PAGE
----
10. Harrisburg will be a pain ... the recommendations for Mechanicsburg and Carlisle are solid, centrally located, normally reasonable pricing. The furthest drive will be Grandview, but just get on the turnpike and go, so it's an easy drive. The rest of the tracks are very easy to get to. I would normally recommend a visit to Gettysburg while you are there (only 10-15 minutes from Lincoln), but because July 1-3 is the anniversary of the battle, the town will be mobbed.
  11. Thank you. Curious, is it because the car is so light and with the shorter wheelbase, it is just a handful? Do you stay in 358s / Sportsman because of the prestige/challenge?
  12. All other things being equal, for those who have driven several different classes, which class is the most fun to drive? (Would be interested in first-hand observations from drivers and second-hand reports from those who have heard drivers' comments) Big blocks? 358s? Sportsman? 410 Sprints? 358 Sprints? Crate Sprints? 305 Sprints? Wingless sprints? Pro Stocks? 600 micros -- winged or wingless? Legends? 600 cc Mods? Modified Lites? Gokarts? The low-downforce (pre-1980s bodies) Vintage classes? Crate Late Model? Super Late Model? I mean, few folks are out there racing for money, as much as racing what their budget can allow. But which class is the most fun/exciting to drive on a consistent basis? Which class gives the driver the most fun for their $$$? Is there a class that is just a ton of fun because of how the car handles? I know, there are a lot of "depends on the track/conditions" and obviously, "whichever one is set up best," but I would love to hear overall comparison for those who have moved around in different classes. From the driver's perspective, what is the real difference between different classes in terms of how much fun or how much of a challenge they are? (I know there are obvious things like, Big Blocks have a ton of throttle response whereas Sportsman is a momentum class), but just for the folks who have never strapped into a car, I'd love to hear your experience?
  13. I agree on the PA Tri-Track rivalry : Craig Von Dohren, Jeff Strunk and off and on Duane Howard have been big rivals over at least 30 years. (One wonders what would have happened if Rahmer had stayed in Modifieds instead of going into the death-wish machines.)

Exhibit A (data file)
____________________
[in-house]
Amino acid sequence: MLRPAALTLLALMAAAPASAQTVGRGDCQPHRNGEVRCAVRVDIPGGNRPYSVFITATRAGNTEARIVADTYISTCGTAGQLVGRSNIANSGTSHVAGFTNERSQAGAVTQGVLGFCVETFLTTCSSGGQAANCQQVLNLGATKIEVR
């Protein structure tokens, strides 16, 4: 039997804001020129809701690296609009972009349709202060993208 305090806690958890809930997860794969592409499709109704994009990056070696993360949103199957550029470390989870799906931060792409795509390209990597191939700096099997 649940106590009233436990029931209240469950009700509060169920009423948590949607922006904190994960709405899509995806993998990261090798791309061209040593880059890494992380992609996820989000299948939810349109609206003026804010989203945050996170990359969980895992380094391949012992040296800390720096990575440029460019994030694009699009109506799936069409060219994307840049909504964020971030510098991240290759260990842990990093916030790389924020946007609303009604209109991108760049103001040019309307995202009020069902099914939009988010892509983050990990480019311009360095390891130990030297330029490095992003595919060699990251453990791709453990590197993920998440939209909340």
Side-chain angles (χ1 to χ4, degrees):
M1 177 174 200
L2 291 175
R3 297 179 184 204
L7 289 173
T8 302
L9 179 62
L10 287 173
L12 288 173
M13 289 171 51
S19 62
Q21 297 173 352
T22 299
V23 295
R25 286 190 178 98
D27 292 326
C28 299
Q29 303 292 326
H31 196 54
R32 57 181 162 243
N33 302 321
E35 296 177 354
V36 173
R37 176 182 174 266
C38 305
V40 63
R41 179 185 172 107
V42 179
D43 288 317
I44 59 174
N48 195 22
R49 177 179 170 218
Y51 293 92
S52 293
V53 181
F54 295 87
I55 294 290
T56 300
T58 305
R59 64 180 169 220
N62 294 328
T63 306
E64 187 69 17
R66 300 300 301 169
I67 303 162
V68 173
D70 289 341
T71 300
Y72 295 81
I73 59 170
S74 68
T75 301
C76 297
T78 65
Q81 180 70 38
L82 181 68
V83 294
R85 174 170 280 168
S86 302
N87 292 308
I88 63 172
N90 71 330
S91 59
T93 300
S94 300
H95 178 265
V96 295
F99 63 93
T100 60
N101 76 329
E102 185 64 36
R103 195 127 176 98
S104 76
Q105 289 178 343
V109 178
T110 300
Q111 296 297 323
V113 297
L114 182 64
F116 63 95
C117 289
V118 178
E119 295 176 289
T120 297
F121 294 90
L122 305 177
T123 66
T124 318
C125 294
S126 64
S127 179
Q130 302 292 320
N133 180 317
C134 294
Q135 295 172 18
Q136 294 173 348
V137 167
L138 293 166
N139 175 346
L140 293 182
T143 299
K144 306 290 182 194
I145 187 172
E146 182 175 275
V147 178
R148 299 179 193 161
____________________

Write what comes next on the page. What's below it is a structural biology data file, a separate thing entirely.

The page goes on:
14. The Ovide vs Heaslip rivalry was pretty consistent as I believe they mostly ran the same tracks all along. I know Ovide started in 1958 or 1959 (1998 was his 40th anniversary year, he retired that year) Dave retired in 2008 or 2009, shortly after his 50th anniversary season. My memory firmly really only goes back to 1975 (I remember Ovide dominating Fort Covington in 1972-1974, but I don't remember if Heaslip was there, I was only 4-6 years old). My thoughts below I think are accurate in general but may not be 100% accurate due to how long ago it all happened and I was away from the area from 87 until the late 90s due to college and then living in Northeast PA (but I did follow along via Gater and got to come up home a couple of times a year): But I know from 1975 to the mid-80s, Ovide vs Dave were three nights a week (Brockville, Can-Am, Cornwall) and a couple of seasons on the pavement at Capital City. (Ovide was away for a couple of years in the late 70s). Ox was one of the guys to beat, as were Carl Murdock and Tony Corcoran. Never a lot of cars -- barely 15-20 a lot of nights at Cornwall and Brockville, but a really evenly matched bunch. The Hammer came on strong in the late 70s. John Dahm and Ricky Wilson didn't run Cornwall much, but they were tough at Brockville (and I think Can-Am). Ronnie White was one of the big guns through the early 80s. George Herbison, Bobby Mackison and Barry Poitras also ran the whole circuit. Mark Hitchcock was one of the first of the "new generation" of racers I remember coming on and doing really well against the established veterans (I was a big fan of Mark in the 80s at Cornwall -- he was a kid then and you could tell he was driving his ass off every lap even if he didn't have the best equipment the first couple of years). Cornwall was always interesting because it always had an influx of Quebec drivers that didn't go to Brockville and Can-Am much. Frogtown and Can-Am ran the same night but still both tracks had plenty of cars (Can-Am always seemed to pick up a few cars from Central NY and Watertown and Kingston were both hotbeds of racing; Frogtown benefitted from Airborne going pavement and picked up a dozen cars from Plattsburgh/Vermont, and that trend last over a decade as the Modified guys simply didn't want to go pavement and run for Tom Curley, who told the NY guys, "I don't need you" at the first meeting after he acquired the track. His loss.) When Frogtown opened, I believe both Heaslip and Ovide gravitated to Frogtown right off -- I know by the mid-90s they were both Frogtown regulars. As for the Ox, he also did the mid-70s 3 nights a week deal and was one of the best. He also eventually went to Frogtown in the late 80s/early 90s. The O'Brien brothers bounced back and forth between Can-Am and Frogtown but were "guys to beat" either place.